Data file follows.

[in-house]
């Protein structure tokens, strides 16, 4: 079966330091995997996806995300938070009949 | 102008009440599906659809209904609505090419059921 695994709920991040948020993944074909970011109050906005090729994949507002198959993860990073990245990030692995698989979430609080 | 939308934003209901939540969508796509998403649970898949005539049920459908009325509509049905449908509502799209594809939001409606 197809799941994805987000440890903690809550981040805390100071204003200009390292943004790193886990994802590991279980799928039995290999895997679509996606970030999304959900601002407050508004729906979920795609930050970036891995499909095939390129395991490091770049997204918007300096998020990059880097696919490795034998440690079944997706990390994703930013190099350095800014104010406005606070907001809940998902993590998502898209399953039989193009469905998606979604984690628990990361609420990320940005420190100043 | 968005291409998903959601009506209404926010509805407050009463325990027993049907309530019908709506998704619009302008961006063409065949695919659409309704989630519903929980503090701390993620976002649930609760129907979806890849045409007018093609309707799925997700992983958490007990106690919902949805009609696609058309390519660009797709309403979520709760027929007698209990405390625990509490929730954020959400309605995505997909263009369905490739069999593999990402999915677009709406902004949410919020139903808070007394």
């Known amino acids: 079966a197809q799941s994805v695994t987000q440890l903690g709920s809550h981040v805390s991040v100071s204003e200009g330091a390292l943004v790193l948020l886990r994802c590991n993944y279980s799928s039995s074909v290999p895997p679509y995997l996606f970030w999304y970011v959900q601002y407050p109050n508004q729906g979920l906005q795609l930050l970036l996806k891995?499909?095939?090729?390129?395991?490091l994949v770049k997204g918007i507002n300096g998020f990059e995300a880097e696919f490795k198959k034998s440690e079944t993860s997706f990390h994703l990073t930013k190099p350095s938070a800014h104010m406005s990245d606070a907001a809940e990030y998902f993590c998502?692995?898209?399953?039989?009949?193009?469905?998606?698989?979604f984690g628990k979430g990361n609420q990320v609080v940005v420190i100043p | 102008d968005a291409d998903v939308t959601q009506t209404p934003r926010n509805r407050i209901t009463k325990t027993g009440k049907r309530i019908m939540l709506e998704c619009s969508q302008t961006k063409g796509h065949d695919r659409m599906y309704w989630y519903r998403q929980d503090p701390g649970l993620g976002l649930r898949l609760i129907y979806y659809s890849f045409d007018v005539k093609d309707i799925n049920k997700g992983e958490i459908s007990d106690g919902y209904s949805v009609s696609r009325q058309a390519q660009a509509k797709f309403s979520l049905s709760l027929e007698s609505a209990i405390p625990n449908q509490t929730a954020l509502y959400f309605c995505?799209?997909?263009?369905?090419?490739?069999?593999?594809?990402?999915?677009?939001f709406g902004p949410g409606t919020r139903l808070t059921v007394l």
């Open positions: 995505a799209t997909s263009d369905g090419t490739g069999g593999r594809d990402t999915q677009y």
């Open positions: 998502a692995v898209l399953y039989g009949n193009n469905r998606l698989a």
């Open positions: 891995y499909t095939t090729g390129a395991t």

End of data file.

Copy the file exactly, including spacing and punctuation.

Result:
[in-house]
């Protein structure tokens, strides 16, 4: 079966330091995997996806995300938070009949 | 102008009440599906659809209904609505090419059921 695994709920991040948020993944074909970011109050906005090729994949507002198959993860990073990245990030692995698989979430609080 | 939308934003209901939540969508796509998403649970898949005539049920459908009325509509049905449908509502799209594809939001409606 197809799941994805987000440890903690809550981040805390100071204003200009390292943004790193886990994802590991279980799928039995290999895997679509996606970030999304959900601002407050508004729906979920795609930050970036891995499909095939390129395991490091770049997204918007300096998020990059880097696919490795034998440690079944997706990390994703930013190099350095800014104010406005606070907001809940998902993590998502898209399953039989193009469905998606979604984690628990990361609420990320940005420190100043 | 968005291409998903959601009506209404926010509805407050009463325990027993049907309530019908709506998704619009302008961006063409065949695919659409309704989630519903929980503090701390993620976002649930609760129907979806890849045409007018093609309707799925997700992983958490007990106690919902949805009609696609058309390519660009797709309403979520709760027929007698209990405390625990509490929730954020959400309605995505997909263009369905490739069999593999990402999915677009709406902004949410919020139903808070007394």
């Known amino acids: 079966a197809q799941s994805v695994t987000q440890l903690g709920s809550h981040v805390s991040v100071s204003e200009g330091a390292l943004v790193l948020l886990r994802c590991n993944y279980s799928s039995s074909v290999p895997p679509y995997l996606f970030w999304y970011v959900q601002y407050p109050n508004q729906g979920l906005q795609l930050l970036l996806k891995?499909?095939?090729?390129?395991?490091l994949v770049k997204g918007i507002n300096g998020f990059e995300a880097e696919f490795k198959k034998s440690e079944t993860s997706f990390h994703l990073t930013k190099p350095s938070a800014h104010m406005s990245d606070a907001a809940e990030y998902f993590c998502?692995?898209?399953?039989?009949?193009?469905?998606?698989?979604f984690g628990k979430g990361n609420q990320v609080v940005v420190i100043p | 102008d968005a291409d998903v939308t959601q009506t209404p934003r926010n509805r407050i209901t009463k325990t027993g009440k049907r309530i019908m939540l709506e998704c619009s969508q302008t961006k063409g796509h065949d695919r659409m599906y309704w989630y519903r998403q929980d503090p701390g649970l993620g976002l649930r898949l609760i129907y979806y659809s890849f045409d007018v005539k093609d309707i799925n049920k997700g992983e958490i459908s007990d106690g919902y209904s949805v009609s696609r009325q058309a390519q660009a509509k797709f309403s979520l049905s709760l027929e007698s609505a209990i405390p625990n449908q509490t929730a954020l509502y959400f309605c995505?799209?997909?263009?369905?090419?490739?069999?593999?594809?990402?999915?677009?939001f709406g902004p949410g409606t919020r139903l808070t059921v007394l």
């Open positions: 995505a799209t997909s263009d369905g090419t490739g069999g593999r594809d990402t999915q677009y």
């Open positions: 998502a692995v898209l399953y039989g009949n193009n469905r998606l698989a």
């Open positions: 891995y499909t095939t090729g390129a395991t």